As researchers continue evaluating botanical
remedies for hot flashes, here’s what science has to
Black cohosh. This herb has received more
scientific attention for its possible effects on menopause-related
symptoms than any other botanical. In one study testing the black
cohosh supplement marketed as Remifemin, women taking a 20-mg
tablet twice a day for 8 to 12 weeks reported improvement in mild hot
flashes. However, a study funded by National Center for
Complementary and Alternative Medicine (NCCAM) and the National Institute on
Aging found that black cohosh, whether used alone or with other
botanicals, failed to relieve hot flashes and night sweats in
postmenopausal women or those approaching menopause. Unfortunately,
recently there have been several reports of liver problems in some
women on black cohosh. Although this is a rare occurrence and the
relationship to the herb is not proven, it bears
Soy. The scientific literature on soy for hot
flashes includes both encouraging and discouraging results. Isoflavones
(weak, plant-derived estrogens), most commonly found in soy foods
but also in dietary supplement pills, have been found to reduce
mild hot flashes by about 15% to 30% in some studies. However,
other studies show no effect. Eating 1 or 2 servings of soy foods
daily may provide greater benefits than supplements, but an effect on
hot flashes, if any, may take weeks.
quai. Only one major study of dong quai has been done.
Researchers did not find it to be useful in reducing hot flashes. Plus,
dong quai is known to interact with the blood-thinning medicine
warfarin. This can lead to bleeding complications in women who take
concluded that ginseng may help with some menopause-related symptoms,
such as mood symptoms and sleep disturbances, and with one's
overall sense of well-being. However, it has not been found helpful
for hot flashes. Ginseng is also a blood thinner, so women taking
anticoagulant therapy should be
Kava. The herb kava may decrease anxiety, but there is no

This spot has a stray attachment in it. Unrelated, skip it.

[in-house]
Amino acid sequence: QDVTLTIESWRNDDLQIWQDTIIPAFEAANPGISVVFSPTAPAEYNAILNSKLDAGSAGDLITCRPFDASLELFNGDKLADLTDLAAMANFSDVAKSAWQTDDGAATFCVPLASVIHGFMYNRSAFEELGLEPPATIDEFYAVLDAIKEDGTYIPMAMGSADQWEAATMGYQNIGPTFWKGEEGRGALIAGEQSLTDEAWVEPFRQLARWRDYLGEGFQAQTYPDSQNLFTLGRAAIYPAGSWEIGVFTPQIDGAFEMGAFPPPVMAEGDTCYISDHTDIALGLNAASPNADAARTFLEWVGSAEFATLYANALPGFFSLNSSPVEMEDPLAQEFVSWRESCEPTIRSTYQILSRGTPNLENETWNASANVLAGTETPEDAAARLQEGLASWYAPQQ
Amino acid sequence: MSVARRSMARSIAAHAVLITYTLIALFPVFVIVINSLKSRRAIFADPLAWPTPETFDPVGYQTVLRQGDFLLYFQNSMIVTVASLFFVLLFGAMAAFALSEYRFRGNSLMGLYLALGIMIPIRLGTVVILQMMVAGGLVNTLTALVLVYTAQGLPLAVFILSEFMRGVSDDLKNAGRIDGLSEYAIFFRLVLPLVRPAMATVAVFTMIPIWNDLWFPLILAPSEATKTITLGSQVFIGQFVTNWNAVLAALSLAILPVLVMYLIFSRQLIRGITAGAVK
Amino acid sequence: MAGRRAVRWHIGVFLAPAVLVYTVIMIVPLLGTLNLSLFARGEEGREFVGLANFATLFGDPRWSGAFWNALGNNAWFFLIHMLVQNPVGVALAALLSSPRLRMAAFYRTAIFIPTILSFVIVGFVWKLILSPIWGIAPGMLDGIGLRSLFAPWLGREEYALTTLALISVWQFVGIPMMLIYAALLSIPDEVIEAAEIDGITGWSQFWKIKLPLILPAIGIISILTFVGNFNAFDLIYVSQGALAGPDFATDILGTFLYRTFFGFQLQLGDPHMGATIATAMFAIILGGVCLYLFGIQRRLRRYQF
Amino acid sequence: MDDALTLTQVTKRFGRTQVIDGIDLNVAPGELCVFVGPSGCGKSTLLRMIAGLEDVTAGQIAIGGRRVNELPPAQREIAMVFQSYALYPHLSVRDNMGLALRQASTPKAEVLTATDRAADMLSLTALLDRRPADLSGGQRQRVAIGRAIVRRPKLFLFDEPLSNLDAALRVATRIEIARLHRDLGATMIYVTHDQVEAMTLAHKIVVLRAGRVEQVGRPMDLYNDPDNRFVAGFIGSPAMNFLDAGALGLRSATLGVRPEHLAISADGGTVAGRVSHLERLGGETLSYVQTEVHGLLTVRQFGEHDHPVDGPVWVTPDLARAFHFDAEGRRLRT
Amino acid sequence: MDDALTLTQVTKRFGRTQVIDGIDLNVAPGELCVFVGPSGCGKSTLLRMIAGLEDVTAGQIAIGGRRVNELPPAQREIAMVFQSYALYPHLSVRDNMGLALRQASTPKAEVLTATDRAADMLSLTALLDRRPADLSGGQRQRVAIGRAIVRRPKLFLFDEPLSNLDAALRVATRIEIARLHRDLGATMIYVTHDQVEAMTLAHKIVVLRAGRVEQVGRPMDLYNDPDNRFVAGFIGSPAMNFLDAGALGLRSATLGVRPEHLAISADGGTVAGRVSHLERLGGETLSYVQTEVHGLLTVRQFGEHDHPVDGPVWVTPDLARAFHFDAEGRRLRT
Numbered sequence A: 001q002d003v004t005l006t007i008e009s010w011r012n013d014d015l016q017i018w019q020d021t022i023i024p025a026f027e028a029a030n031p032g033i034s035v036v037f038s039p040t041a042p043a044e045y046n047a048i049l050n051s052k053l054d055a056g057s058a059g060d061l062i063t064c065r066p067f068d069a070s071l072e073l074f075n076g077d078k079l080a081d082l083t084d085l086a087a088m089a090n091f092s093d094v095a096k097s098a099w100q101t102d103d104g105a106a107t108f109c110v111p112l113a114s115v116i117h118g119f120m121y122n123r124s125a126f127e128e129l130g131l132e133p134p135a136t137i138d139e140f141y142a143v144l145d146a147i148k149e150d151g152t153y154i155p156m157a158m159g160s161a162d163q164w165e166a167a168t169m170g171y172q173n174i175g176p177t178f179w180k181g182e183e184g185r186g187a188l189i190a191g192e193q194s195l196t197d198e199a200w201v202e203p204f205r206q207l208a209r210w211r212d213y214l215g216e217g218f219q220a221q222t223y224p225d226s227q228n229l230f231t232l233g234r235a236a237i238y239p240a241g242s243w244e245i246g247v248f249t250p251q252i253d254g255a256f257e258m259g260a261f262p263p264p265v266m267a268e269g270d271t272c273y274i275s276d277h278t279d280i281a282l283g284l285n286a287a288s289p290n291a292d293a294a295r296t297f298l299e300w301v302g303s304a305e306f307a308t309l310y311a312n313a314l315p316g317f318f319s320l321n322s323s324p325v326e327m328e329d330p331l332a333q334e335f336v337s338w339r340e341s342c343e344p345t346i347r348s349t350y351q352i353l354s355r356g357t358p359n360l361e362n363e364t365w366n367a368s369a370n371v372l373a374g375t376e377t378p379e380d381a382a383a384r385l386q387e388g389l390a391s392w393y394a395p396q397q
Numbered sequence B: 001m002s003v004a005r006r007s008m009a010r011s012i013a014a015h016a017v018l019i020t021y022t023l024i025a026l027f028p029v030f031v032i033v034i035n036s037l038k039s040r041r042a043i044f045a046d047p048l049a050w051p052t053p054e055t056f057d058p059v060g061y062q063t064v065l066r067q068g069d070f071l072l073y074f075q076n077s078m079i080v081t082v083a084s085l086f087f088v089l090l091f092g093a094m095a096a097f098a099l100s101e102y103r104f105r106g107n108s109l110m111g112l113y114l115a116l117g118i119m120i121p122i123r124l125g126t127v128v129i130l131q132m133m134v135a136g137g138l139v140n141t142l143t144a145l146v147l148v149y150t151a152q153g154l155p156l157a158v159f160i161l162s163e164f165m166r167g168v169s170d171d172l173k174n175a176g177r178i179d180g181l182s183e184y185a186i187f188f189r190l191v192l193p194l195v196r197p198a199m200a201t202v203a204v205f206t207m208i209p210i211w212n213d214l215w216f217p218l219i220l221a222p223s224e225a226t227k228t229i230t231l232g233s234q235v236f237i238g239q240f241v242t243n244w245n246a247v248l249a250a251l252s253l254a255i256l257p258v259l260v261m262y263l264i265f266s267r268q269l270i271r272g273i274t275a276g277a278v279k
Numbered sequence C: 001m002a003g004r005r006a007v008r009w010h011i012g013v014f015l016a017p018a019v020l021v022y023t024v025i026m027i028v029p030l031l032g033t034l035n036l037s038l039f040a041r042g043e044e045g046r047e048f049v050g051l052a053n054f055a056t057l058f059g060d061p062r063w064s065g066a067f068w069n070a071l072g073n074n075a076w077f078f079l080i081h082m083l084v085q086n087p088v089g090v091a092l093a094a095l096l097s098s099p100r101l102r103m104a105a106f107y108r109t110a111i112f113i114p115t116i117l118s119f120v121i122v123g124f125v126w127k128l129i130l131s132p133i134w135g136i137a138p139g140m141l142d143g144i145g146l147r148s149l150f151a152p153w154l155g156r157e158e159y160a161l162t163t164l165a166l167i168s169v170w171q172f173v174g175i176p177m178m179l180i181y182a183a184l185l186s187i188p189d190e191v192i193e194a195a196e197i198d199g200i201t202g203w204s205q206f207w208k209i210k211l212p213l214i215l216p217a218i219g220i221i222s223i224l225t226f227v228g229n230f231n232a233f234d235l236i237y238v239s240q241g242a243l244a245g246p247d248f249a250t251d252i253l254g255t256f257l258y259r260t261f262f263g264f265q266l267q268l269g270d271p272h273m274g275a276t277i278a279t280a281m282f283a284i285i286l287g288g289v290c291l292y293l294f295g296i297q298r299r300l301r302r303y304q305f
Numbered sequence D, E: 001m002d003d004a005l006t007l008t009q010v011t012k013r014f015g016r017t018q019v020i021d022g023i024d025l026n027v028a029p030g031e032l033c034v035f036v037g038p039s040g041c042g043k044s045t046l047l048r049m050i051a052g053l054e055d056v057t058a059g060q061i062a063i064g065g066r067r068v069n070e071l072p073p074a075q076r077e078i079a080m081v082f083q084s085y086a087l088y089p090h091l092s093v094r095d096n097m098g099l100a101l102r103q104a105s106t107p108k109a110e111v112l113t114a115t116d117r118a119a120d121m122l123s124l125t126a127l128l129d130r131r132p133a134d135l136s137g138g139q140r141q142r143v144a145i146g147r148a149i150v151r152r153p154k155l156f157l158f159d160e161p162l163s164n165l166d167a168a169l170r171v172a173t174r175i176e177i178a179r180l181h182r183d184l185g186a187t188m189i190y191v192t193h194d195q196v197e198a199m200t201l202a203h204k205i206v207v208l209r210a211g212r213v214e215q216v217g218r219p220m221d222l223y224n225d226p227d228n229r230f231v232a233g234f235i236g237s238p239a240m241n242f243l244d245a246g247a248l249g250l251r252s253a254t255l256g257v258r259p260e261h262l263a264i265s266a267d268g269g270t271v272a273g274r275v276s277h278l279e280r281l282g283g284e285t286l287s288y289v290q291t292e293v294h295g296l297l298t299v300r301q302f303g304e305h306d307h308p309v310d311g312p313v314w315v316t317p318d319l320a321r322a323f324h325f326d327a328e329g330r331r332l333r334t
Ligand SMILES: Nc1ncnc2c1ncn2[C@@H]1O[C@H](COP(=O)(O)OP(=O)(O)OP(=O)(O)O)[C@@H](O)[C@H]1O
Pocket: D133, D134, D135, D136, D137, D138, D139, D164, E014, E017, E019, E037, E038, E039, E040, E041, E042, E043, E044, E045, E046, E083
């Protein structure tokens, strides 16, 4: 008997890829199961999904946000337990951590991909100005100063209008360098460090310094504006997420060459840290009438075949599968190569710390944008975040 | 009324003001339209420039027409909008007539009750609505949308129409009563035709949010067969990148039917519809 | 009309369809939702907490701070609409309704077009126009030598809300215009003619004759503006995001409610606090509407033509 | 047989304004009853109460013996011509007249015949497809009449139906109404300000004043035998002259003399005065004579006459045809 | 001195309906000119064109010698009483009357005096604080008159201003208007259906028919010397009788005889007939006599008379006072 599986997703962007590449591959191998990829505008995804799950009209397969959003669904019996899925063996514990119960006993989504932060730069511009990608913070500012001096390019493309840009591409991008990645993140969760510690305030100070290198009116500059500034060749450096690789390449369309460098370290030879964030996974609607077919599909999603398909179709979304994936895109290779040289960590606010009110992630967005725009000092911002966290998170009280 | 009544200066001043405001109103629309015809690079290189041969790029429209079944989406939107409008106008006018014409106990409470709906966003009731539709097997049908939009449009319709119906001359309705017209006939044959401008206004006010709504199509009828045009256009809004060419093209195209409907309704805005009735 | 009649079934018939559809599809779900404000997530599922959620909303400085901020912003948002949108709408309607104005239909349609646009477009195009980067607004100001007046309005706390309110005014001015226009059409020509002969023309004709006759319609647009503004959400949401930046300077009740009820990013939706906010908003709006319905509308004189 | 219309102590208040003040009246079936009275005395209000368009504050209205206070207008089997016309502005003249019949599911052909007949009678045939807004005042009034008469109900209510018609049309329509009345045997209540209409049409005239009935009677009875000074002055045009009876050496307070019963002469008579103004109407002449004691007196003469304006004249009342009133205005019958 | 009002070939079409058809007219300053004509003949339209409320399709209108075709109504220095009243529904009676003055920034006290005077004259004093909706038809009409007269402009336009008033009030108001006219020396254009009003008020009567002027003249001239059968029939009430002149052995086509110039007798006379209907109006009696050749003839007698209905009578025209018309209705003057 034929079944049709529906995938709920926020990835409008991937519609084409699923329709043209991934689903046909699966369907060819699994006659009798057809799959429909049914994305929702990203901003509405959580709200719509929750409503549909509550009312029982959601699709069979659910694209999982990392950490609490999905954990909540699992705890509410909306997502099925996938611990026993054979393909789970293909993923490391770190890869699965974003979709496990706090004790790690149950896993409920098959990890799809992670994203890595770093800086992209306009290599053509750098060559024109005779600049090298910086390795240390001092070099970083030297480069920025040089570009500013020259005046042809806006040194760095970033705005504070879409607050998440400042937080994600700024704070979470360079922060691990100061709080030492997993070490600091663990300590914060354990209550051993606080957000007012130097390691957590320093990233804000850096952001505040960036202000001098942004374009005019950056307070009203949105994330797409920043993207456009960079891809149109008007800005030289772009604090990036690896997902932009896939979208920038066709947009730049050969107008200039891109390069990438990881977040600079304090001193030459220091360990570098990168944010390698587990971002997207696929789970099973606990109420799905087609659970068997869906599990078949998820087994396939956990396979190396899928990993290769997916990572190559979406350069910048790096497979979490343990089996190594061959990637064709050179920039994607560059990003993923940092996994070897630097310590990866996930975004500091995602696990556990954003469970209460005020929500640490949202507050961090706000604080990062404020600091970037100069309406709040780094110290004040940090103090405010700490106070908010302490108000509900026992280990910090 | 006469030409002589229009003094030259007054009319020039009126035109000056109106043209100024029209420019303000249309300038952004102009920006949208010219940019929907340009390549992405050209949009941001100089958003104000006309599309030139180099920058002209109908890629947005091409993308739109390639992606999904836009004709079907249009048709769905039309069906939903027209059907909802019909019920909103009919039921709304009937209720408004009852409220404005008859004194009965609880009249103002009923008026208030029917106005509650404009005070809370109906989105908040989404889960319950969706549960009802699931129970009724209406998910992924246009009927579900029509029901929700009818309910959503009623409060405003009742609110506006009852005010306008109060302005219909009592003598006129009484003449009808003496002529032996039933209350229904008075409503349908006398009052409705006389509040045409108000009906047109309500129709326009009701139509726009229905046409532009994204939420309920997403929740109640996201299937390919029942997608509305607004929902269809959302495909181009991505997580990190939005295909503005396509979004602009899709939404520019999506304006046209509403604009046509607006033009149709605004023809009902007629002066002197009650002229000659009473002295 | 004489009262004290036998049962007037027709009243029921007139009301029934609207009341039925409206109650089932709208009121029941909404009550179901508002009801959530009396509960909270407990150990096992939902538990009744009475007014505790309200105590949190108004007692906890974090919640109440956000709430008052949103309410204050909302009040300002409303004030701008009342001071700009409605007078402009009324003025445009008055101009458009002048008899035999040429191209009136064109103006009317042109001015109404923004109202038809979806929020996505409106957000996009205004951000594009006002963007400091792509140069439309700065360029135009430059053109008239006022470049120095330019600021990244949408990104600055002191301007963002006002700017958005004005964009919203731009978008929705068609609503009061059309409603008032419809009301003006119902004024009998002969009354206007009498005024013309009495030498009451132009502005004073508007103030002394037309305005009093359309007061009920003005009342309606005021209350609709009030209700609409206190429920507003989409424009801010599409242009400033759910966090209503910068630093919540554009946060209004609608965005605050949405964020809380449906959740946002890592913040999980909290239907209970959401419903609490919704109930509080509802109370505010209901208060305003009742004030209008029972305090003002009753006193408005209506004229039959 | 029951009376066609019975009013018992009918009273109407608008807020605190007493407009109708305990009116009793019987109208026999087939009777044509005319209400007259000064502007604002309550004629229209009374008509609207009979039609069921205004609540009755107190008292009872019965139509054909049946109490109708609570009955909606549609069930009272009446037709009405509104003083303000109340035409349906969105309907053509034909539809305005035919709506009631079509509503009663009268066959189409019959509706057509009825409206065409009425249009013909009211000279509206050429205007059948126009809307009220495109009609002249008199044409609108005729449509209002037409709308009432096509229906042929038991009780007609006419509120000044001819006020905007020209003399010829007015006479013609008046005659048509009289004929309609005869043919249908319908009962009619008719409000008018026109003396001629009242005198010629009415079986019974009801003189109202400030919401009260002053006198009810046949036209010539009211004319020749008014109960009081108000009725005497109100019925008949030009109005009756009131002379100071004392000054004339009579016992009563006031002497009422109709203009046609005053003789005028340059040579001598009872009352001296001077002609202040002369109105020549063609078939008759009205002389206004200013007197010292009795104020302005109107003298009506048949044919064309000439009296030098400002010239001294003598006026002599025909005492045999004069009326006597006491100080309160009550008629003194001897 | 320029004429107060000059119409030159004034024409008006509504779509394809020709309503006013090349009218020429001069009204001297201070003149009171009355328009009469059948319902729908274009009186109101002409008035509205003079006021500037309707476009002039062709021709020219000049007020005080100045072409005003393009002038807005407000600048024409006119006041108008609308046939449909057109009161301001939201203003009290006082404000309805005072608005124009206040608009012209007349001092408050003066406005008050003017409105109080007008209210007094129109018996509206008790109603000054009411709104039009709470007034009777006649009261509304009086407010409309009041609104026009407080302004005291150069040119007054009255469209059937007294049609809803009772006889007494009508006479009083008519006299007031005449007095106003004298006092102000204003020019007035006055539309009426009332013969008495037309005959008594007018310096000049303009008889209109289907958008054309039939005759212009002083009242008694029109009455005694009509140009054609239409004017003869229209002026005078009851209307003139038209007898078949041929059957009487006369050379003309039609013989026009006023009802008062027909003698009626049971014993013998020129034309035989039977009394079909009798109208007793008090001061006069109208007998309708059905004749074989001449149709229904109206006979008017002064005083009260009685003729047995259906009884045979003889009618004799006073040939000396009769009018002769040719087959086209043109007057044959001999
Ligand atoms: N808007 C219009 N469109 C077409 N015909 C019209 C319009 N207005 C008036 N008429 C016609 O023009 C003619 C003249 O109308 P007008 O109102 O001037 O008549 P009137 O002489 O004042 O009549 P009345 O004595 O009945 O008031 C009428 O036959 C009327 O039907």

evidence that it decreases hot flashes. It is important to note that the
Food and Drug Administration issued a warning to patients and
providers about kava and Canada has banned the supplement because
of its potential to damage the liver.
clover. A total of 5 controlled studies found no consistent
or conclusive evidence that red clover leaf extract reduces hot
flashes. Some studies have raised concerns that red clover, which
contains plant-derived estrogens, might have harmful effects on
hormone-sensitive tissue (for example, in the breast and uterus).
reviewed: September 2008
The Co-Editors of Menopause Flashes are Elizabeth Contestabile, RNC, BScN, Nurse Educator, Shirley E. Greenberg Women's Health Centre, The Ottawa Hospital, Riverside Campus, Ottawa, ON, Canada; and Marcie K. Richardson, MD, Co-director, Harvard Vanguard Menopause Consultation Service, Boston, MA.
This e-newsletter, developed under the direction of the Consumer Education Committee of The North American Menopause Society (NAMS), provides current information, but not specific medical advice. It is not intended to substitute for the judgment of an individual’s healthcare provider. To unsubscribe, send us an e-mail request.
Copyright 2008. Distributing print copies of this e-newsletter, in whole or part, is strictly prohibited.
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